Southern states also have some of the largest K-12 divides within the country, with Mississippi, Louisiana, Arkansas, and Alabama showing the largest deficit by proportion. Other states like Texas, California, and Florida all have the largest gaps by population. Still, the report stresses that the “digital divide” is a problem in all 50 states.

Many of those concerns have been highlighted with the story of Juana’s daughters. 

“California is the technology capital of the world,” Monterey County Supervisor Luis Alejo told CNN. “This is an embarrassment.”

Alejo added that the embarrassment is compounded by the fact that Salinas is only 45 minutes away from Silicon Valley, a global hub of technology and wealth. 

“…we have such a huge divide that’s gone on for years, but now, it’s only amplified because of this pandemic,” Alejo said. 

“We know that there [are] thousands of other kids in a similar situation… there’s a lot of homes and a lot parents who don’t even know how to use computers or how hotspots work.”

See what others are saying: (KSBW 8) (Fox News) (CNN)

U.S.

Ohio Will Give 5 People $1 Million for Getting Vaccinated

Published

on

  • Ohio is launching a lottery program that will give five people ages 18 or older $1 million each if they receive at least one dose of a COVID-19 vaccine.
  • Five vaccinated people between 12 and 17 years old will win full four-year scholarships to one of the state’s public universities under a similar giveaway program. 
  • Some have criticized the move as a waste and misuse of federal coronavirus relief funds, but others applauded it as a strong effort to boost slumping vaccination rates.
  • Gov. Mike DeWine (R) addressed critics on Twitter, writing, “The real waste at this point in the pandemic — when the vaccine is readily available to anyone who wants it — is a life lost to COVID-19.”

Ohio Announces Vaccine Lottery

Several states and cities across the country have been rolling out different incentives to help boost COVID-19 vaccination rates. Some are offering $100 savings bonds, $50 prepaid cards, and even free alcohol, but Ohio’s Republican Gov. Mike DeWine took it a step further Wednesday, saying that five people in his state will each win $1 million for getting vaccinated.

DeWine said that the lottery program, named “Ohio Vax-a-Million,” will be open to residents 18 and older who receive at least one dose. Drawings start May 26 and winners will be pulled from the state’s voter registration database.

The Ohio Lottery will conduct the drawings, but the money will come from existing federal coronavirus relief funds.

Younger people will also have a chance to win something. That’s because DeWine said five vaccinated people between 12 and 17 years old will be eligible to win a full four-year scholarship to one of the state’s public universities under a similar lottery program. The portal to sign up for that opens May 18.

DeWine Defends Lottery

Reactions to the giveaway have been mixed. Some echoed statements from State Rep. Emilia Sykes, the top House Democrat, who said, “Using millions of dollars in relief funds in a drawing is a grave misuse of money that could be going to respond to this ongoing crisis.”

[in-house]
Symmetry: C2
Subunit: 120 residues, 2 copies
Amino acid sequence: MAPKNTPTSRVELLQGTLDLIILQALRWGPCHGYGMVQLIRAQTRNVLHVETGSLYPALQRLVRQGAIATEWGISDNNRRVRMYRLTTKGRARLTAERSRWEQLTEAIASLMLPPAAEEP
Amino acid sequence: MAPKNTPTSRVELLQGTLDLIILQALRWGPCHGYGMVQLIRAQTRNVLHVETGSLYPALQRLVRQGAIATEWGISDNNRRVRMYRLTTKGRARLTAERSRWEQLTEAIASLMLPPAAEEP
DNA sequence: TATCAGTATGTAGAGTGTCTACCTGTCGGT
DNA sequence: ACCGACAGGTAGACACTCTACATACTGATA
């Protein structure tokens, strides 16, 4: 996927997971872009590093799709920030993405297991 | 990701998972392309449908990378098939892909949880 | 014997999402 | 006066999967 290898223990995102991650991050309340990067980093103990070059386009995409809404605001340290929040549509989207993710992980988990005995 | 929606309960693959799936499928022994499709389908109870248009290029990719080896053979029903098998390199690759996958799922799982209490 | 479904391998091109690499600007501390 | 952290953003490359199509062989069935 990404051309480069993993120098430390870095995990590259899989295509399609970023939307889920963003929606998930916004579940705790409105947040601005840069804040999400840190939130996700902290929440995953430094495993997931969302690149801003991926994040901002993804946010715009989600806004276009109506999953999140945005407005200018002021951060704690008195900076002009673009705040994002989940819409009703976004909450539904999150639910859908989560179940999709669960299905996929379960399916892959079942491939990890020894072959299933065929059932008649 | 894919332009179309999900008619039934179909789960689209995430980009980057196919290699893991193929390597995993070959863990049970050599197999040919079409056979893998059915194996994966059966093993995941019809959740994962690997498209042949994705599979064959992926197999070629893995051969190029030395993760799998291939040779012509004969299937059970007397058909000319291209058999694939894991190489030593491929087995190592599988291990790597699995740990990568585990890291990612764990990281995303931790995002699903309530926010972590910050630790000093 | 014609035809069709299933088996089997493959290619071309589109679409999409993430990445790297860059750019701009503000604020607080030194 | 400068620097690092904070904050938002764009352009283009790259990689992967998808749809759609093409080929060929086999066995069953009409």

DeWine, however, seems to have anticipated pushback like this.

“I know that some may say, ‘DeWine, you’re crazy! This million-dollar drawing idea of yours is a waste of money,'” he tweeted. “But truly, the real waste at this point in the pandemic — when the vaccine is readily available to anyone who wants it — is a life lost to COVID-19.”

Despite some backlash, a ton of other people have applauded the plan as a smart way to encourage vaccinations across all age groups. So far, about 36%of Ohio’s population has been fully vaccinated — compared with 35% nationally. 

Still, the number of people seeking vaccines has dropped in recent weeks, with an average of about 16,500 starting the process last week, which is down from figures above 80,000 in April. 

See what others are saying: (AP News) (NPR)(The New York Times)

Continue Reading

U.S.

Derek Chauvin Qualifies for Longer Sentence Over George Floyd’s Murder, Judge Rules

Published

on

  • A judge overseeing the trial of Derek Chauvin ruled Wednesday that there were enough aggravating factors in the former officer’s murder of George Floyd that could qualify him for a longer prison sentence.
  • While Chauvin was found guilty on all three charges he faced, Minnesota state law only allows him to receive prison time for the most serious charge of second-degree homicide, which has a max sentence of 40 years but a recommended sentence of 12.5 years for people with no criminal history.
  • The judge ultimately agreed that Chauvin qualifies for longer sentencing because prosecutors had proven that he abused his power as a police officer, acted “particularly cruel” to Floyd, and committed the crime in front of children with at least three other people.
  • Chauvin is currently scheduled to be sentenced on June 25.

Judge Cahill Rules on Aggravating Factors

Hennepin County District Judge Peter Cahill, who oversaw the murder trial of Derek Chauvin, has ruled that there were aggravating factors in the former Minneapolis police officer’s murder of George Floyd, thus qualifying him for a longer sentence.

While the jury found Chauvin guilty on all three charges he was facing, Minnesota law says that he will only face sentencing for the most serious charge, which in this case is second-degree murder.